The situation for the state moves to the Doomsday Budget scenario with 512 million dollars in cuts coming touching every state agency. It didn’t take long for the criticism.

Speaker Mike Busch had charged the Senate President Mike Miller was holding the budget hostage by saying doing a deal on slots in Prince Georges County was the key to budget deal. The animosity between the pair seemed to be calculated on who would blink first. Time however was not on anyone’s side. House Majority Leader Kumar Barve said as much when he suggested any budget deal had to be struck by 7:00 pm because “it must be printed according to Maryland Law.”

There didn’t seem to be any urgency on anyone’s part. The two chambers suggested on Sine Die they would not return until 5 pm. It was clear a race to the finish was on.

Side Issues

The Prince Georges County decision to seek slots was a long shot. But when you have the President of Senate backing you anything is possible. More than 35 years of experience by President Miller is always a plus. That is until you bring the Delegates from Prince Georges County.

There was a reason the House insisted the introduction of expansion of gaming go through the constitution in 2004. It’s not easy to change the constitution, and language in the original bill says local jurisdictions must approve measures. This is a poison pill and was definitely on display this session. There are some in the Delegation who see the introduction of a casino in the Southern Maryland region as a pariah. Leading its opposition is a number of mega churches with Sen. Anthony Muse their appointed leader in the legislature.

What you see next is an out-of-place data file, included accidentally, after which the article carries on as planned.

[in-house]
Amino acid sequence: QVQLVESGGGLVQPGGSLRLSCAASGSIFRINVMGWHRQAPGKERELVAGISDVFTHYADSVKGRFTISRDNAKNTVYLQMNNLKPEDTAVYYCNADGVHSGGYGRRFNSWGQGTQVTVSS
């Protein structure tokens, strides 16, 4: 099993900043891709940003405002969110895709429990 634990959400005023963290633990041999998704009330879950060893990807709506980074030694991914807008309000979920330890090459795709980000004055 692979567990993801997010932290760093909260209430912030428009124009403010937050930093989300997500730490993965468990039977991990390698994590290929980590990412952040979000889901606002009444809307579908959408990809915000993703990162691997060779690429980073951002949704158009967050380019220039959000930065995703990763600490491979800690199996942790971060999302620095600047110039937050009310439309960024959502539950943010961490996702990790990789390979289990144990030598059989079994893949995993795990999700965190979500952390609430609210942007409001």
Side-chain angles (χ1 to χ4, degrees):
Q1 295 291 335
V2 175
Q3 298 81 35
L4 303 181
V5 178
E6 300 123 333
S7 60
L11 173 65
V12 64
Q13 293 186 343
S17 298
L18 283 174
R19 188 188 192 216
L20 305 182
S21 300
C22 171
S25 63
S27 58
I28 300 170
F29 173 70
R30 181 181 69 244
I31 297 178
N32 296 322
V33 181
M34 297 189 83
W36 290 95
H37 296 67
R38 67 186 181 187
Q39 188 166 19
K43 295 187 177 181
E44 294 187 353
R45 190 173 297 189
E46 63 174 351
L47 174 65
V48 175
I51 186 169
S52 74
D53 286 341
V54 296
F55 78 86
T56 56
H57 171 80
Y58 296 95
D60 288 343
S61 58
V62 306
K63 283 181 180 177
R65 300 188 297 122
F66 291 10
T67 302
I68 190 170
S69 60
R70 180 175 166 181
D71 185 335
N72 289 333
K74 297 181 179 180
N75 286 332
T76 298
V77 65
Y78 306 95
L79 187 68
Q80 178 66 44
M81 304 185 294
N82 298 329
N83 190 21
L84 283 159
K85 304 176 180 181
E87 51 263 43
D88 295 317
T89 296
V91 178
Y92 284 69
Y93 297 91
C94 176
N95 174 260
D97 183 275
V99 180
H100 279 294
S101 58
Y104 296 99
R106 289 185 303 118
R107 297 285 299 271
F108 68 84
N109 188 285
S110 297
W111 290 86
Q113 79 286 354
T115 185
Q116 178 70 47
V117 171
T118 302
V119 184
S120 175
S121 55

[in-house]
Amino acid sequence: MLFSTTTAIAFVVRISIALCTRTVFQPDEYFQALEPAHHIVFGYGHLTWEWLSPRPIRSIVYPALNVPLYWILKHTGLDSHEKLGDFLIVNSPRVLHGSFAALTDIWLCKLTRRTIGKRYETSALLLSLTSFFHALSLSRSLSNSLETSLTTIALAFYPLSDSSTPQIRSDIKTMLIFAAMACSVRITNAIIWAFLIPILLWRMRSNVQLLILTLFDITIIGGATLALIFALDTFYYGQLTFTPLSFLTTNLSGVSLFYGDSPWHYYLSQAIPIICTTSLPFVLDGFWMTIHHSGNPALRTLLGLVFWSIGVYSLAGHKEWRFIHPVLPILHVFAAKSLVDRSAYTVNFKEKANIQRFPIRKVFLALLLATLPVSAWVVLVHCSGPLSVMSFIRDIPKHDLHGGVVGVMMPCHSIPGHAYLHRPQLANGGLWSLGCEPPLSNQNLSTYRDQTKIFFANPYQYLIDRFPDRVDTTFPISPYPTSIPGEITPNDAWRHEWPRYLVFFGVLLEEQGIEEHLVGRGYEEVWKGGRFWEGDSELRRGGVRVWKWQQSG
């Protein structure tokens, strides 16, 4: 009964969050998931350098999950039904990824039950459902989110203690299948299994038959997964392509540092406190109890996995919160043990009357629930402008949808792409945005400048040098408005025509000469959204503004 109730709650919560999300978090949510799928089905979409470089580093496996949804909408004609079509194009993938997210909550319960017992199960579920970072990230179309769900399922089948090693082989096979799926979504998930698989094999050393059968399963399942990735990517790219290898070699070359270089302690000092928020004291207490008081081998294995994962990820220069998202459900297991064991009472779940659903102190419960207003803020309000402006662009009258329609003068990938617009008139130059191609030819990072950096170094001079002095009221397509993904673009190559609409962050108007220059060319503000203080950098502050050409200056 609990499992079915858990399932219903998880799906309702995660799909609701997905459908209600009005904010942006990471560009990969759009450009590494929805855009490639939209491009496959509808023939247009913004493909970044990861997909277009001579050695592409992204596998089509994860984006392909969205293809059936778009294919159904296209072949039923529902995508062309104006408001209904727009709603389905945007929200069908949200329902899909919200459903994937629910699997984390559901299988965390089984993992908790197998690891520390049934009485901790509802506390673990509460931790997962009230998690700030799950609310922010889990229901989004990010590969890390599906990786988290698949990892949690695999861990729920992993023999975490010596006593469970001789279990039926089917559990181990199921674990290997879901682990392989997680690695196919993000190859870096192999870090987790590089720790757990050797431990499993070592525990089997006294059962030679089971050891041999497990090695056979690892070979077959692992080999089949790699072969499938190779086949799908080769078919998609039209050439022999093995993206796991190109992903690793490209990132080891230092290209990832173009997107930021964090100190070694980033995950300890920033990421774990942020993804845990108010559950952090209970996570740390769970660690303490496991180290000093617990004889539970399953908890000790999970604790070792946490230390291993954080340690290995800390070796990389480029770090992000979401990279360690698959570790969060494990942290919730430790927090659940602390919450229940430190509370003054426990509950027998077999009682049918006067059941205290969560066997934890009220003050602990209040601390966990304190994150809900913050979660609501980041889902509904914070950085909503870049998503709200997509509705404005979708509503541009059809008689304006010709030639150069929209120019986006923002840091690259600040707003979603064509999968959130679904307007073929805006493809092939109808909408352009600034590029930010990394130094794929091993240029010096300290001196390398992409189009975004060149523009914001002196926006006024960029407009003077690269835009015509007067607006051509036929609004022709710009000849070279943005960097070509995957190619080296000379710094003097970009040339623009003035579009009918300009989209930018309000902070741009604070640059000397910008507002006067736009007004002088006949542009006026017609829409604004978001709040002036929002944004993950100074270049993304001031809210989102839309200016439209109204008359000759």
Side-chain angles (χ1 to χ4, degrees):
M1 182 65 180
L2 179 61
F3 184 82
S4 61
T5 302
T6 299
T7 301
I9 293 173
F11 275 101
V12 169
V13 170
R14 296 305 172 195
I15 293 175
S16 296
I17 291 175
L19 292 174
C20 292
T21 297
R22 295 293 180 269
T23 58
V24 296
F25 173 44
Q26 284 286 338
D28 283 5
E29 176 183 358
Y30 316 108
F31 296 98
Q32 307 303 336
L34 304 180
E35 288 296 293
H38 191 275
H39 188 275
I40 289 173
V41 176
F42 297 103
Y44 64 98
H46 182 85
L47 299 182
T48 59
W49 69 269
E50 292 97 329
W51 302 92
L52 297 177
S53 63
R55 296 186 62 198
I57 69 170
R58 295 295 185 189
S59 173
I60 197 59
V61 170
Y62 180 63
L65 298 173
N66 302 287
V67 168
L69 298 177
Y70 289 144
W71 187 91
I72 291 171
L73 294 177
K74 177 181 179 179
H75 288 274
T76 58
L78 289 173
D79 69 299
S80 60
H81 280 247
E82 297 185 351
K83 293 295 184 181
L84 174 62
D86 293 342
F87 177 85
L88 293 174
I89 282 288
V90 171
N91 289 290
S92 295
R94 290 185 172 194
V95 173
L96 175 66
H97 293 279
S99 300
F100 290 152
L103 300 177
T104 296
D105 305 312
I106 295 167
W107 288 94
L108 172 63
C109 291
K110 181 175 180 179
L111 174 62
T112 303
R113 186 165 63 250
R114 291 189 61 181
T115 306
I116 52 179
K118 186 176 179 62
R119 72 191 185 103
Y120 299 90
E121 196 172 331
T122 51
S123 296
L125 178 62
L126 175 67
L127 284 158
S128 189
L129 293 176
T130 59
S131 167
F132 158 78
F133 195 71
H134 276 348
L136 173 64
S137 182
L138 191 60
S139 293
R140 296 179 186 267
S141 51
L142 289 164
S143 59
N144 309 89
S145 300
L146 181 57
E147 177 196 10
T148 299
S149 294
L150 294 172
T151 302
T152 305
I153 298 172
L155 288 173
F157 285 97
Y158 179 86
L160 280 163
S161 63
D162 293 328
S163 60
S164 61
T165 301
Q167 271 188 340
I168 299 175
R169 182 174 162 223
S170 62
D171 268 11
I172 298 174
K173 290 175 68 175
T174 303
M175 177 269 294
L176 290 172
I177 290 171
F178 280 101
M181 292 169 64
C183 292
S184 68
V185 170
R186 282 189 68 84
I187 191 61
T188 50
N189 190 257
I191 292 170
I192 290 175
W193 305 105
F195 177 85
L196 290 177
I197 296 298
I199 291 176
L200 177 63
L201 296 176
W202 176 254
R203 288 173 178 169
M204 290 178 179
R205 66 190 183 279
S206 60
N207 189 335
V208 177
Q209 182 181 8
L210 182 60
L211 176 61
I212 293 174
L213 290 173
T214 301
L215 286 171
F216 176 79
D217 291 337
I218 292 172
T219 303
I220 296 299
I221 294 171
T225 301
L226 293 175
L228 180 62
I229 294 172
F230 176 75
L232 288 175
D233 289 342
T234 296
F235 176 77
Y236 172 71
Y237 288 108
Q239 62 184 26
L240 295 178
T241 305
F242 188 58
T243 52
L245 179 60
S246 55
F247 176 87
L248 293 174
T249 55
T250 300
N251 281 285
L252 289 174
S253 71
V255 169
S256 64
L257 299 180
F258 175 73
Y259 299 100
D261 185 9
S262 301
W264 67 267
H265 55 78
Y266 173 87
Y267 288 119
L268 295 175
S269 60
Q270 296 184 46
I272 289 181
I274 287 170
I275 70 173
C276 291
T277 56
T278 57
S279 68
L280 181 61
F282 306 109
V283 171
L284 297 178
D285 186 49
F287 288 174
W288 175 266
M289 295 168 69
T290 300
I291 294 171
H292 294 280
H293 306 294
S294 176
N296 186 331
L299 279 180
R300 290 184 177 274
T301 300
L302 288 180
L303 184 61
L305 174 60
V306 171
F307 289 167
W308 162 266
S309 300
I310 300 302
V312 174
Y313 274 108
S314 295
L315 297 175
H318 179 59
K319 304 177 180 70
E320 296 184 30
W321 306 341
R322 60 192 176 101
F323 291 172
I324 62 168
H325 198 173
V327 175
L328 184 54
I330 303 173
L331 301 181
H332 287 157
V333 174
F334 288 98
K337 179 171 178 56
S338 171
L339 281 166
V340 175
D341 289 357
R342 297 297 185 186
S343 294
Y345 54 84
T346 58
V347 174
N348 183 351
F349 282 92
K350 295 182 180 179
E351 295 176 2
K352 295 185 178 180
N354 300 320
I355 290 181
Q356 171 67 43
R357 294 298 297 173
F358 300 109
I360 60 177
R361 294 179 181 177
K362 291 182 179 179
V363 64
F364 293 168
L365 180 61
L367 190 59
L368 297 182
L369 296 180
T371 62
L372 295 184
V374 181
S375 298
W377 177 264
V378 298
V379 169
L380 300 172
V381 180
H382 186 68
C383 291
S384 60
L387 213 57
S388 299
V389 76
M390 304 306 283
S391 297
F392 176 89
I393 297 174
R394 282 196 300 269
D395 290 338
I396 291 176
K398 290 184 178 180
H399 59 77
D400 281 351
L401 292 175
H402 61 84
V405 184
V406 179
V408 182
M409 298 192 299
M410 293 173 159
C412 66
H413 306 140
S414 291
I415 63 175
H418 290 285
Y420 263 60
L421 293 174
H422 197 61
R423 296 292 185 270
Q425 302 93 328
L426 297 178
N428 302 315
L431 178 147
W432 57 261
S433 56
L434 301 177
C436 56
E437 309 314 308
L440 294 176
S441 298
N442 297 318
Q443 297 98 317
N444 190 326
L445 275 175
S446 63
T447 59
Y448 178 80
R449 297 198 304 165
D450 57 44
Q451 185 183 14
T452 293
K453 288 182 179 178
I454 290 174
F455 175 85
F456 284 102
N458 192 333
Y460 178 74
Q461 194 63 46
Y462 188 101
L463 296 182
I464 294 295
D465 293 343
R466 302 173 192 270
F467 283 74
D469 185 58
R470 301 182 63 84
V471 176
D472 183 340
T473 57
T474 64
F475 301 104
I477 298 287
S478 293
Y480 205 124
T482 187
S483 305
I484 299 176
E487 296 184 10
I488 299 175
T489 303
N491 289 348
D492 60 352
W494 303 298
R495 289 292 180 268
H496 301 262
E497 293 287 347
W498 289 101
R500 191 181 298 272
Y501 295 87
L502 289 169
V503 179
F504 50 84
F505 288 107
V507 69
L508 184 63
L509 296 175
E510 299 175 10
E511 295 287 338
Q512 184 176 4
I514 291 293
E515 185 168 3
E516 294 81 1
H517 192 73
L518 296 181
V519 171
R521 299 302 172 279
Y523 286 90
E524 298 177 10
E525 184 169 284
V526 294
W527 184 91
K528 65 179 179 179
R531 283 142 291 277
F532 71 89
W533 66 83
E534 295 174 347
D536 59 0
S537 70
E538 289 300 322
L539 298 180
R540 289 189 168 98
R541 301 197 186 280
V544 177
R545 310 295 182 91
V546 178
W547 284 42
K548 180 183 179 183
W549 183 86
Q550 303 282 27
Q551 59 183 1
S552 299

Conversely, there are those who want to bring slots to Prince Georges County to shore up finances. The leader on this side is County Executive, Rushern Baker. Baker has backed a plan to bring gaming to National Harbor. He needs the revenue and has touted 691 million dollars it would bring to county.

To most political observers it was strange to see the introduction of a sixth casino in the state driving the session on the last day. It also caused concern in both likely and unlikely places. Conservatives and Black clergy have joined forces on this issue. Joining this group are Anne Arundel and Baltimore legislators who are worried about the introduction of a new gaming facility before there casino’s come online. Each asks a simple question, “Are their enough game players to support three gaming venues?”

To make this happen you’ll need a number deals. First up, give them all table games, change the revenue splits, and expand the potential bidders for the sixth statewide venue. Second, placate legislators whose votes you need. Lastly, marry unlikely legislators to deliver the votes you need.

As the leader of the House Speaker Busch has a difficult task and will depend on the House Whips to do the counting. Late Monday night the deal to deliver this legislation was mixed and by 11:30pm they did not have the votes.

So why was this not just a hic-up, but a monumental failure? These duel track pieces of legislation the budget and gaming became intertwining to leave the 2012 session as one for the record books.

Budget Issues

It started when legislators return from the Easter break with no clear path to break a budget impasse. The sticking point came with who to tax to make up for a structural deficit. The initial plan was impose a several high income earning individuals with additional taxes; there was also a plan to shed teacher pensions to counties and cities. To fund shortfalls in the transportation fund there was a push from the governor impose a gas tax – it was going nowhere fast with high gas prices.